‘[there was] flooding over the group a wave of harmony, the continuous transfusion of a beauty fluid, collective and mobile’.
As their imprisonment begins and their fates divide them all, they begin to visually separate and become distinct in their destinies.
The closest film that sprung to mind was The Virgin Suicides. Like Coppola’s film, Mustang achieves the tricky balance of showing the girls bodies and sexuality without objectifying them. It struck me while I watched it – depicting teenage female sexuality is tough. The body of a teenage girl is a central image in consumerist culture, and sexualising their bodies is something we’re hit with all day in ads, music videos and movies. So when you want to use cinematic language to depict 5 girls growing up and the fact of their burgeoning sexuality, it takes careful directing to separate it from more exploitative depictions. Effacing their desires altogether, and showing them as simple victims of the outside world’s preoccupations would do a huge disservice to their agency. Mustang is a triumph in how it keeps the sisters plot agency alive within the limits of their confinement.
Their beauty and their desire are also important for the film’s plot – it’s an element that drives everything around them – both the boys who chase them and the relatives who want to control them.Mustang really intrigued me in how it treated the oppressors – in particular their grandmother. First of all, she means well. She is sincerely trying to do the right thing, as she sees it, by setting her granddaughters on the ‘right path’ to marriage. She does everything out of love, and as the plot progresses, the hurt she’s willing to ignore becomes more and more troubling. Ideology in the film isn’t a simple case of cruel vs kind – it’s much more complex than that – the kindest relative can do the greatest harm.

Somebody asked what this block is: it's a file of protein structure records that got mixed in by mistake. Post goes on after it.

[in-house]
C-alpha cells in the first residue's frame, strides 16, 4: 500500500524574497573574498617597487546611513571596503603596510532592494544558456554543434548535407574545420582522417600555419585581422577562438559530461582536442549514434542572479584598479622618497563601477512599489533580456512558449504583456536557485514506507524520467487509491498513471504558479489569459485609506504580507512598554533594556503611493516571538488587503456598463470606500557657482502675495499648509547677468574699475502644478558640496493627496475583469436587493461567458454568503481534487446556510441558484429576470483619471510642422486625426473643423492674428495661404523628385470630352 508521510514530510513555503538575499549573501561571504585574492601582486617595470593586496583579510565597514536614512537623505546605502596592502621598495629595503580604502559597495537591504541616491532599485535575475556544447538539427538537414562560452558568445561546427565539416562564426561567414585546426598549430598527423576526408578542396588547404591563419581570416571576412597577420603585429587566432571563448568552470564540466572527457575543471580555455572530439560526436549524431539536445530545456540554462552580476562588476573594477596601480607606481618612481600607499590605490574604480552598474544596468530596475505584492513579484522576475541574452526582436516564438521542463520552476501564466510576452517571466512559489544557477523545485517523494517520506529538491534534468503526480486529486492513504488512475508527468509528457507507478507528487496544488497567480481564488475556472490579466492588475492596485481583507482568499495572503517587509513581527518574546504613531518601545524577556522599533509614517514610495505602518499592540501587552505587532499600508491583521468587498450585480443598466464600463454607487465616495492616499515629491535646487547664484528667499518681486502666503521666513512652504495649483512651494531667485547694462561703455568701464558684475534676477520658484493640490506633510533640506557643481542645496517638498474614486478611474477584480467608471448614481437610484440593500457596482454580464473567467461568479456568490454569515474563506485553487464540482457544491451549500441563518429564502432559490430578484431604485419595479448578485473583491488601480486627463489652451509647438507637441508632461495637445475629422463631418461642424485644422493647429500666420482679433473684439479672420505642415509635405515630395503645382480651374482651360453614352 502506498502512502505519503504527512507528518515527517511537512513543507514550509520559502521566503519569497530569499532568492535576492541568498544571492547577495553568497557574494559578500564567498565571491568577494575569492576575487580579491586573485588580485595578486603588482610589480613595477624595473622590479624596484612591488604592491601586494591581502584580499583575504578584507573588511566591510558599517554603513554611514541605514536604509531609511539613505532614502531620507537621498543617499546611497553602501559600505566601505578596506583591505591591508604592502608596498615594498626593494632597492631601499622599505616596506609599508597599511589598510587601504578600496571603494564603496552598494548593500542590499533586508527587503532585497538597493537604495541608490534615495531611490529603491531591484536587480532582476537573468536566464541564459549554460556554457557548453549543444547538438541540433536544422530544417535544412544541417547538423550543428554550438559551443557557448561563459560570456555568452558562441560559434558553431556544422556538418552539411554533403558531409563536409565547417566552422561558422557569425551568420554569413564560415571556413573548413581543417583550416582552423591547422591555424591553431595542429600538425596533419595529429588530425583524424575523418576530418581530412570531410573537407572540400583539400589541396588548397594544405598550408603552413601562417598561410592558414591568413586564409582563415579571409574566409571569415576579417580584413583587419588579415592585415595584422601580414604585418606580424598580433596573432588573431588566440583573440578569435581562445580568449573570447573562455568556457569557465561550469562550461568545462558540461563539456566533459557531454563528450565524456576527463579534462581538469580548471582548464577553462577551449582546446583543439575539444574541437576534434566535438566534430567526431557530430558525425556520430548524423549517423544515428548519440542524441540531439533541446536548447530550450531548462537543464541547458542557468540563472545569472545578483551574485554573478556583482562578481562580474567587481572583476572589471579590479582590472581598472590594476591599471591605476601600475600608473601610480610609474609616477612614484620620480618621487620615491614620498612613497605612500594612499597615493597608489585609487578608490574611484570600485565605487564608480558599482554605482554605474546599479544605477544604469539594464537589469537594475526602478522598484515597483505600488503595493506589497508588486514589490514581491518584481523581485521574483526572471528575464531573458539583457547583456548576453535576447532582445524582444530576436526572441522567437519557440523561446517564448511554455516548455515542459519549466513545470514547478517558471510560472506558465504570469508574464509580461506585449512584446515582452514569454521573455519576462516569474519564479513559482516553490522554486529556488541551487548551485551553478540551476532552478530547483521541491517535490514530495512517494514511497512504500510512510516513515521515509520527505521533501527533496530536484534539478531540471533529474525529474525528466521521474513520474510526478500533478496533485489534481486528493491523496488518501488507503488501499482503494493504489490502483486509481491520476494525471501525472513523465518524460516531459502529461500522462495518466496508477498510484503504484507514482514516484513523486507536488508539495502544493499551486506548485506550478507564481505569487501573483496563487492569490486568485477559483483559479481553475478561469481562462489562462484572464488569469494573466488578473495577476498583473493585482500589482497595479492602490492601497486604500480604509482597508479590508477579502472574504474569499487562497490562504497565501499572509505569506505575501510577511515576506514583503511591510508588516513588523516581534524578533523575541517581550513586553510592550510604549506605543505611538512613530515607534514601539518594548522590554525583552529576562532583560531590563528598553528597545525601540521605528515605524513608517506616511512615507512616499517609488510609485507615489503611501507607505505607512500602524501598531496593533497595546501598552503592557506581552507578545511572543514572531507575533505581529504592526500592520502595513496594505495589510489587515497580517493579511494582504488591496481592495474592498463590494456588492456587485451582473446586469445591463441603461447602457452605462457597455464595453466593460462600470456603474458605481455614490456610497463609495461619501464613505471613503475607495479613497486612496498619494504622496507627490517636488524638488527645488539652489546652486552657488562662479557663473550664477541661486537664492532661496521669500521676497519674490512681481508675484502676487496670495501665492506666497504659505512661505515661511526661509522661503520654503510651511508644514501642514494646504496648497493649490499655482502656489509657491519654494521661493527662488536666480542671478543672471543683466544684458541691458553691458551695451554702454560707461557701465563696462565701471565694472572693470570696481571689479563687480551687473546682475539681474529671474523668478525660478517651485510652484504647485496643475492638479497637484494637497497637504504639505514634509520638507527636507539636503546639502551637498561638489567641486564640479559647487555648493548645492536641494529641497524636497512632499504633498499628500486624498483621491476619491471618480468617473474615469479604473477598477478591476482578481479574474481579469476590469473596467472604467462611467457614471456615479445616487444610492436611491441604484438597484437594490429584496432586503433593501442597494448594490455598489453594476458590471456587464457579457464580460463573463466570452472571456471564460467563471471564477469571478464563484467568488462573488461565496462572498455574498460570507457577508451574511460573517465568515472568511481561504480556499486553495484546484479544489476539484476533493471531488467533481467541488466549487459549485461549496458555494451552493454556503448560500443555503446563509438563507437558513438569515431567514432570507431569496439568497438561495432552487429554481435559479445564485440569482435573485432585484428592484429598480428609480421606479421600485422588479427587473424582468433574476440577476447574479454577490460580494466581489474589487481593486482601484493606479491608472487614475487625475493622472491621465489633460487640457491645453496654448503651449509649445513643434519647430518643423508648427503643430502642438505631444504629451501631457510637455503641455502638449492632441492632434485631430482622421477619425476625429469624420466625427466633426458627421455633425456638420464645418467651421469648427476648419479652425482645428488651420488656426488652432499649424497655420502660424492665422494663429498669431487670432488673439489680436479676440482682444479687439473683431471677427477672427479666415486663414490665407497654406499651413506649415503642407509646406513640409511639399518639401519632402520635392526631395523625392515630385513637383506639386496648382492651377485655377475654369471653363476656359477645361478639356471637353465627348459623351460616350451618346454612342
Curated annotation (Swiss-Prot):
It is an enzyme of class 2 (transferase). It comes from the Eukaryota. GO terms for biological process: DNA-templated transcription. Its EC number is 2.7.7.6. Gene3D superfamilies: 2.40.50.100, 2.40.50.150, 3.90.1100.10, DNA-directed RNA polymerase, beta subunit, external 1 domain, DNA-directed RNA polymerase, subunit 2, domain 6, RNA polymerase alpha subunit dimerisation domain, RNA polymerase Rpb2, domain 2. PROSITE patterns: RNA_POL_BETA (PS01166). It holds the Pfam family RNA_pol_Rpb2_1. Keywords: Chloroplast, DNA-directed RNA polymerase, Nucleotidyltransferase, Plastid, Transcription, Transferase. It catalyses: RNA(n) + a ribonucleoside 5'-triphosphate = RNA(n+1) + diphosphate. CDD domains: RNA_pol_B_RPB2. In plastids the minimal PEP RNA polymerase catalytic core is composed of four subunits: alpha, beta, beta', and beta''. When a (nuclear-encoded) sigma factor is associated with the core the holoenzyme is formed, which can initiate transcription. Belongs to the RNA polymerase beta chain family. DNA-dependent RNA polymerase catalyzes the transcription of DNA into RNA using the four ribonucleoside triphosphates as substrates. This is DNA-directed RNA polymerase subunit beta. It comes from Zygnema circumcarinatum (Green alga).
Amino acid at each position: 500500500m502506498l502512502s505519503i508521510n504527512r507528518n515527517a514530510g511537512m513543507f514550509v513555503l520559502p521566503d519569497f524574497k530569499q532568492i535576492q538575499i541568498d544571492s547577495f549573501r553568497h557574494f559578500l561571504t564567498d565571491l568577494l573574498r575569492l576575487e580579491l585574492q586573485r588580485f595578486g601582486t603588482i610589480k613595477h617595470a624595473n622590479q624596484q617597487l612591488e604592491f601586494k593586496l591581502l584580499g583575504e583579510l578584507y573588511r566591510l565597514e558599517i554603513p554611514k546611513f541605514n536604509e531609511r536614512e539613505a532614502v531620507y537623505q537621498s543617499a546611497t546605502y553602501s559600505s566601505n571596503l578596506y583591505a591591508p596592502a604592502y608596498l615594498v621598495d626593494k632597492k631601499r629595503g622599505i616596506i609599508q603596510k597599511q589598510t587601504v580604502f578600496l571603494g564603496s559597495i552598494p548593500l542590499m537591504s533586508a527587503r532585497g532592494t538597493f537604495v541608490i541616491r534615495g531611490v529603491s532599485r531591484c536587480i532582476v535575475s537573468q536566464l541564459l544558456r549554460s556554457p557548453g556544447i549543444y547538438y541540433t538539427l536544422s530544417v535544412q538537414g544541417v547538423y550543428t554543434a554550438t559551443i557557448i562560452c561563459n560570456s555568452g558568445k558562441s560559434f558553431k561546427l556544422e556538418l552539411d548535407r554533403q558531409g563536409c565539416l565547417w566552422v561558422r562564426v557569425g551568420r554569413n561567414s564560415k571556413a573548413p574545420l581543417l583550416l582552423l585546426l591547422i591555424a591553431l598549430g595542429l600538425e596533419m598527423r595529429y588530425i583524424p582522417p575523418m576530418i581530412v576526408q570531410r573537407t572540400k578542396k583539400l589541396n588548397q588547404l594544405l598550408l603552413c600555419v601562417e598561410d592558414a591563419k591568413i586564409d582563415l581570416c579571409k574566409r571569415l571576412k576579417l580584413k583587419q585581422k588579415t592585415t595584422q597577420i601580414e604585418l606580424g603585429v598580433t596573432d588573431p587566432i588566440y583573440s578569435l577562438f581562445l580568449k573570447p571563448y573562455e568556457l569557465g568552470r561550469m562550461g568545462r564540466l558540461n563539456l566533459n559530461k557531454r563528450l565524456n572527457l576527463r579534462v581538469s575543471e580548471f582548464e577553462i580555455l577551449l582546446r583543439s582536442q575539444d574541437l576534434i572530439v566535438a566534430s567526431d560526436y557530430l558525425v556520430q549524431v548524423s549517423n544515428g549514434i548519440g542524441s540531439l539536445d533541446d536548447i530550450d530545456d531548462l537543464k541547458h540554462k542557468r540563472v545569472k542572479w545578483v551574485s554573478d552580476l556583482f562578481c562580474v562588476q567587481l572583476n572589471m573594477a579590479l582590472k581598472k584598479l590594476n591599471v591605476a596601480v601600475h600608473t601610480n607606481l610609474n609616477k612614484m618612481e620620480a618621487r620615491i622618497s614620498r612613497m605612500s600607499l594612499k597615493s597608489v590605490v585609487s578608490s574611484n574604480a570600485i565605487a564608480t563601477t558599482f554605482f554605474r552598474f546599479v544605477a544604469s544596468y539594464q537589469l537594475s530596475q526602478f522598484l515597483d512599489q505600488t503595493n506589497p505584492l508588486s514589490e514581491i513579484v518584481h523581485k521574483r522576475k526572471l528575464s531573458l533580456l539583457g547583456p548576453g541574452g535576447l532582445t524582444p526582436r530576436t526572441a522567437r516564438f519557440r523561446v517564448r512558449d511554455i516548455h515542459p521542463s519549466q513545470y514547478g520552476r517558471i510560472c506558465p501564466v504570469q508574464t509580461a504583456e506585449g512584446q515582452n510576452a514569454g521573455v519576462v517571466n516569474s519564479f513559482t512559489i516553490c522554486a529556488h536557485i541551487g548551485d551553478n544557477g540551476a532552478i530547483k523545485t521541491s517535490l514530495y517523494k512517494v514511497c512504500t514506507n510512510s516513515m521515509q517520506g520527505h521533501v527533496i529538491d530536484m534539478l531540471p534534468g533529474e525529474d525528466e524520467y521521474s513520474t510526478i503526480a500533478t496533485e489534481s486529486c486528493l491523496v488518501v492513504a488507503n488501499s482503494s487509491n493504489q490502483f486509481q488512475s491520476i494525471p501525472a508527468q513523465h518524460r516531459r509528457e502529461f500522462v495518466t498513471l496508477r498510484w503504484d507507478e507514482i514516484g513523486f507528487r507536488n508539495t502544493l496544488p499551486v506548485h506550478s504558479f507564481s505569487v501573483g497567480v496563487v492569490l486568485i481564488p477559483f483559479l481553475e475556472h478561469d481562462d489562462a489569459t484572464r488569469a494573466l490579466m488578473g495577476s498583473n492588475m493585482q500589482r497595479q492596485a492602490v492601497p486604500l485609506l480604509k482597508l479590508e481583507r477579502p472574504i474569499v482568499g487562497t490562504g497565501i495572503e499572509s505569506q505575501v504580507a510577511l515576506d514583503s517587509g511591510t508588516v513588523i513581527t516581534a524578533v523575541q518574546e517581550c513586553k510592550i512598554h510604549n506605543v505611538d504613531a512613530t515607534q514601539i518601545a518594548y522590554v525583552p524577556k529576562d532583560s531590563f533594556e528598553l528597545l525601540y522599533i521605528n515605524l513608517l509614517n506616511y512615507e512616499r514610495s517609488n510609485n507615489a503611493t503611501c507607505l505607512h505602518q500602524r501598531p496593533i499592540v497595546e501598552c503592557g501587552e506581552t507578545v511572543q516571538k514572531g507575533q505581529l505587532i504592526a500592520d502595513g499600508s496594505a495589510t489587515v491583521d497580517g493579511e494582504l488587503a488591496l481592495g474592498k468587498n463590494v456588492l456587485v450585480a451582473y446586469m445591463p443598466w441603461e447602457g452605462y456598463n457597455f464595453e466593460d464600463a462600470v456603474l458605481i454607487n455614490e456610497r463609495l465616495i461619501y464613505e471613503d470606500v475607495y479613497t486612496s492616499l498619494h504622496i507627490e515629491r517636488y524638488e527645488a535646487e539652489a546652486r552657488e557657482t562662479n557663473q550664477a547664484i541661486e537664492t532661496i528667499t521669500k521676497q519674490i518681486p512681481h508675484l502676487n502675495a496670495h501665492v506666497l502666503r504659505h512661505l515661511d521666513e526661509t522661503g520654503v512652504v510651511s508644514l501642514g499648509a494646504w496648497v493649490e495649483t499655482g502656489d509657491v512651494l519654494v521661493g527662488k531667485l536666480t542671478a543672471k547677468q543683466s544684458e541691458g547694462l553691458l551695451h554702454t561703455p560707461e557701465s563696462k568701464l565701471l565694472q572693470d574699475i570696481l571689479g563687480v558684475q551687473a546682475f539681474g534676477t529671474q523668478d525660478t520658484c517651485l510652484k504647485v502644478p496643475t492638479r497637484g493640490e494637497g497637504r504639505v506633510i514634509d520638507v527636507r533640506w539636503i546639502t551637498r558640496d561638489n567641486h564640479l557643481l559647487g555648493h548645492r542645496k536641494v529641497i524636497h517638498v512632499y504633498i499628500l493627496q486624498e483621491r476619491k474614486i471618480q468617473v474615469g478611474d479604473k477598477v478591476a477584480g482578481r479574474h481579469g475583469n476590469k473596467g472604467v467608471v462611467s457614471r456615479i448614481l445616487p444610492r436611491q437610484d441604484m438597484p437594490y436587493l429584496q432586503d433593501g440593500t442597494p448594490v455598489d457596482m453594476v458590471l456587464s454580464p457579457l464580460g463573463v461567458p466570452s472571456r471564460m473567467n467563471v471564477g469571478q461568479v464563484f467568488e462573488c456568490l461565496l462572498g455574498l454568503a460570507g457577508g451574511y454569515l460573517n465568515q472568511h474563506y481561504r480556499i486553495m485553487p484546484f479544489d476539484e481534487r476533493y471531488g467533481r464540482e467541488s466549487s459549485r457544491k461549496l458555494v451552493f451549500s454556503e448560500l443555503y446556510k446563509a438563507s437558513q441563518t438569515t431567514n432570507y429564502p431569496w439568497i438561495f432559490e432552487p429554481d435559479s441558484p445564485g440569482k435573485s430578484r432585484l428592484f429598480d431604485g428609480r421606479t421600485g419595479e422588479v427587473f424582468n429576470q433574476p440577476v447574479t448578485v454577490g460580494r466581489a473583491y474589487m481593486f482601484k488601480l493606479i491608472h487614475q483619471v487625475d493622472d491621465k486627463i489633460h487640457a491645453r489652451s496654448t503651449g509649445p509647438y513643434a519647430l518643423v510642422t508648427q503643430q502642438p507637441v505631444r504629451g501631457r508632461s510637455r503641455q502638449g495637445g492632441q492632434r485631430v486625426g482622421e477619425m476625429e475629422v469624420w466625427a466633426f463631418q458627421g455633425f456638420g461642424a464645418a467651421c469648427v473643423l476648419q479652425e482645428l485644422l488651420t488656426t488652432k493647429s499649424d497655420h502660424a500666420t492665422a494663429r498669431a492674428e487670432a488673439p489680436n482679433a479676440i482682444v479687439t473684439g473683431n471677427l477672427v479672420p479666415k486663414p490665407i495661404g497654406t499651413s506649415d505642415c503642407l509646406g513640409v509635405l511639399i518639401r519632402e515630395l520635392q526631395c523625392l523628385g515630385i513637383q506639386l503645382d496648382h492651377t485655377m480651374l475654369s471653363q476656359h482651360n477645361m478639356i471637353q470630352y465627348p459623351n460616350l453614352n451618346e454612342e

The girls are often told that this is for their own good – they’ll inadvertently tease men if they dress in a revealing way, their beauty will cause mens desire to inflame, and since men’s desire is uncontrollable they have to be housed for their own protection. They’re 5 red rags in a world of bulls. It simply makes sense to save them from all this pain. They have an essential purity that elevates them, and they need to protect this purity and get rid of everything else – desire, anger, impulsiveness – that is incompatible. I tried explaining it to a friend after – it’s like if someone went to Peter Parker’s house and said ‘you’ve got this wonderful gift – to, em, sling webs – but you can’t wisecrack, yell too loud, like girls or be too grossly human because those things are incompatible with someone who has a quality that’s so special’. It’s oppression by elevation. Protecting their ‘gift’, by violence if necessary, simply makes sense to the world around them.
So if your friend rings asking to go see Mustang – GO. Not only is it fascinating and important but you will be engrossed, laugh a lot, and be left with a lot of ideas to chew on.